A Book Review by Stefanie Field
No Man’s Land by Duong Thu Huong
Duong Thu Huong is a vocal advocate of human rights and democratic reform. Her novels are banned in Vietnam, where she continues to live in internal exile, but she remains one of Vietnam’s most popular and controversial writers. Her novel, No Man’s Land, begins with a storm. It is a storm that foreshadows the devastating story of a love triangle that will change everyone, for better or worse. In a village, where a boy’s biggest dream is to have a decent-sized farm or move to the city, a community is struck by a fiasco in the shape of a skinny, starving, poor man who has been revived from the dead. Years after his death certificate has been sent to the village, declaring him as a casualty of war, he comes back home to reclaim his wife. However, it is 14 years after this man has left her for the war, and she is already remarried, in love with her new husband, and raising a son. Unfortunately, the decision of her actions is more of her village’s will than her own.
While I found there were some parts in the book that seemed to drag on or be over-descriptive, I loved the cast. You have a man born into business, a village woman who worked on farms, and a war veteran. The great part of this book is that the characters are each given their own story and written so thoroughly from their individual perspective, that you can’t take anybody’s side. There’s no person who has better “morals” than the other, and given their separate environments, it’s unreasonable to say “this person made better use of what they had” or “this person’s outcome is his own fault.” It’s difficult to dislike any of the minor characters as well. Even the prostitute that robbed her clients. You simply understand where they all come from and why they behave the way they do, and while the war may have been a big factor, it’s also the question of community expectations and the role society imposes on a person.
In case you haven’t guessed yet, this novel addressed a lot of important themes. Women’s rights is probably the biggest issue in the novel. There is a large question about the expectations of a woman’s role in society, and who place her in that role as housewife or mother, or even as the host of a visiting guest. When Mien is confronted by her ex-husband, who the entire village has already presumed to be dead for over a decade, she has to ask herself if going back to her first husband is the right thing to do. She obviously would rather not leave her comfortable life and child, but because the community is already gossiping about her hesitancy to do her duty as a wife, she is inclined to follow society’s expectations. This doesn’t stem from peer pressure alone, however. The general theme is about a community or society which views women with specific roles, and these roles are completely taken for granted by the men of the village. In fact, the men will talk of women as an extension of property, or compare them to fish.Other issues that the book talks about are prostitution, mental shock from postwar conditions and adjusting back to normal society, communism and what emerges beneath its very nose, and the very things that make a community accuse their own people of wrong-doings. Envy. Jealousy.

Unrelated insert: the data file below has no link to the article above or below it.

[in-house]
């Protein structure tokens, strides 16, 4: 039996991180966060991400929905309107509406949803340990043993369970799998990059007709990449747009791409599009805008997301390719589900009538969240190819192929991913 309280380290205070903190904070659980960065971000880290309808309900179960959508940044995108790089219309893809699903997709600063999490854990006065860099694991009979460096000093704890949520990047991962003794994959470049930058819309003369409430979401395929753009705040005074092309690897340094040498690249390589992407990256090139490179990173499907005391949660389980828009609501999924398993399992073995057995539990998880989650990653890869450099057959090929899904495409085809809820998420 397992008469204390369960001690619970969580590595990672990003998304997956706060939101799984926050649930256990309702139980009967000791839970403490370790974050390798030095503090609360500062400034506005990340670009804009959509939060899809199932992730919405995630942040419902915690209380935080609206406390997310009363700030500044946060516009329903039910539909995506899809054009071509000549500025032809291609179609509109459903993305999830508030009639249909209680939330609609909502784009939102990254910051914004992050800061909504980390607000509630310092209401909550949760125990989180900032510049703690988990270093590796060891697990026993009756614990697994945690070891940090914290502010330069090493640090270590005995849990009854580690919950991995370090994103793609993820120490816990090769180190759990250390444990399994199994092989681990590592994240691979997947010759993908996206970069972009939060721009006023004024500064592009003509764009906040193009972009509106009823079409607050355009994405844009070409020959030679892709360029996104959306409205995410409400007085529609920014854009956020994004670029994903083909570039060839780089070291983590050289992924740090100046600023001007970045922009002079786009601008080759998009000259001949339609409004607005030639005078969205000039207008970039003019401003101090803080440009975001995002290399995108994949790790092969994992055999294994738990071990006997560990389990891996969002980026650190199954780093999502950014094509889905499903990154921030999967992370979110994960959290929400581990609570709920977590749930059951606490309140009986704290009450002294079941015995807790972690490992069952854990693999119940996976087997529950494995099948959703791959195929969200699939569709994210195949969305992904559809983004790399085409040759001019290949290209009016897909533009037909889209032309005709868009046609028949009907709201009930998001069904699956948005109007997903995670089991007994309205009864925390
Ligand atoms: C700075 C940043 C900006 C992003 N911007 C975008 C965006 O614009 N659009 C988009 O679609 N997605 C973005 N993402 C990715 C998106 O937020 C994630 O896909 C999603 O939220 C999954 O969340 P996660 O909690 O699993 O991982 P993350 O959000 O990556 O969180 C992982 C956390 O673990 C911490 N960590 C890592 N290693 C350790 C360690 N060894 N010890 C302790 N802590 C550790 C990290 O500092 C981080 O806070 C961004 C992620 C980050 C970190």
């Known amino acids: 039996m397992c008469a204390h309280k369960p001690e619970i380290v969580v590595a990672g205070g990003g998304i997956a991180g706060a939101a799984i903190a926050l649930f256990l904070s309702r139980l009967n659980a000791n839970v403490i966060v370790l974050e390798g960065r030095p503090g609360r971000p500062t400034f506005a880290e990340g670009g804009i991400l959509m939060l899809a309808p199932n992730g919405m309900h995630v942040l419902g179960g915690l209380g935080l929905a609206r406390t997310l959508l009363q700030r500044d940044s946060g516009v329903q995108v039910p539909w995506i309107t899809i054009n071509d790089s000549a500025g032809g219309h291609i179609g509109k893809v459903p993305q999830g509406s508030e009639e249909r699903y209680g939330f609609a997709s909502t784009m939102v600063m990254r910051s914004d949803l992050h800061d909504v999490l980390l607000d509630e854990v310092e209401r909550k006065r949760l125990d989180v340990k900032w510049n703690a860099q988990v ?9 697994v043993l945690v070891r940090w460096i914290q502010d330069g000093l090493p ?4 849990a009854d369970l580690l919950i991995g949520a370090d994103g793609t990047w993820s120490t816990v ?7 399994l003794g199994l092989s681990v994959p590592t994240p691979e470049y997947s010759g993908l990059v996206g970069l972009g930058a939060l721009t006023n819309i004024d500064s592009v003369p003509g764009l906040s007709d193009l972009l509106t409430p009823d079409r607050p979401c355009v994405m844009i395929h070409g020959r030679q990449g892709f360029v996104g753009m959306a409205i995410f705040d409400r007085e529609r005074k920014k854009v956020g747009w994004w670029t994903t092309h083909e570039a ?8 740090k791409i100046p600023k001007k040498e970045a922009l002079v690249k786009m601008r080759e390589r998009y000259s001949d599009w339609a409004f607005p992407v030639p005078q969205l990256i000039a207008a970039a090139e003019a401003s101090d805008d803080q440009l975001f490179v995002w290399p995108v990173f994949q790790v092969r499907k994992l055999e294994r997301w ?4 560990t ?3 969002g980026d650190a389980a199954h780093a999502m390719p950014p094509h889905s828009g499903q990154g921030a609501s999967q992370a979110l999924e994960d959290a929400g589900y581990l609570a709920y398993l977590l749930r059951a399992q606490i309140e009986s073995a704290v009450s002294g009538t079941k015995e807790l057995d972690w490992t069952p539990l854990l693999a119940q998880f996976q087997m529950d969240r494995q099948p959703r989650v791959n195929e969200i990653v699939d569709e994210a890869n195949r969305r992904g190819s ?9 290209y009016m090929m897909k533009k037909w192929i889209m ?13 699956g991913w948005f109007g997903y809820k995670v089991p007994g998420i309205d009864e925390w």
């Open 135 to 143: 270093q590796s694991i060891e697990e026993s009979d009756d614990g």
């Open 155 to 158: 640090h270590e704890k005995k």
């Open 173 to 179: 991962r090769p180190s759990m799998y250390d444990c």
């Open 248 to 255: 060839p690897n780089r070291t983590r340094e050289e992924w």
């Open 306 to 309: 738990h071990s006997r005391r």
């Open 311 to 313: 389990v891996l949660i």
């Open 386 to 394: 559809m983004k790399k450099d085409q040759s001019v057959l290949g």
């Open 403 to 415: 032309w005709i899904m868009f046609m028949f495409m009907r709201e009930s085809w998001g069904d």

My favorite moment in the novel is when a group of men are gathered together to eat and have a “meeting” which is really just an excuse for them to have their wives play as hosts for a dinner party. The village men are talking gossip about the love triangle that has twisted and tormented the three main characters, speaking of women like food. Then one of the wives stand up and lectures the men with a speech of her own. She condemns them for being ungrateful and bragging like this when it is the women who earn the money for their tobacco. She accuses them for insulting Hoan who has offered to built their children a school, but they are too embarrassed to say thanks or praise him, that they spit out their jealousy in words. It is at this very point in the novel that the women in the village are not only standing up for themselves, but they also call out the men for being too weak to do the same. Instead, they are too embarrassed by their own failure to be the man they dreamed to be, with the big farm and a city education.
However, the biggest message in the book is when an old man tells Hoan,
“People’s curiosity is not as innocent as you think. It always comes with prejudice and cruelty. Sometimes it can even kill a man, or a love story or even a family without even paying the price of going to court or to prison. Curiosity doesn’t even have a face you can spit on… What we call curiosity, opinion, the rumor of the crowd, is something invisible and yet terrifying. I’ve been its victim. I was the main character in a story just as extraordinary as yours… that’s why I’d like to offer you my sincere apology.”
I rated this book five out of five stars.
It’s a book of truly heavy context. You certainly won’t feel light-hearted by the end of it, but it’ll change you, even just a slightest bit.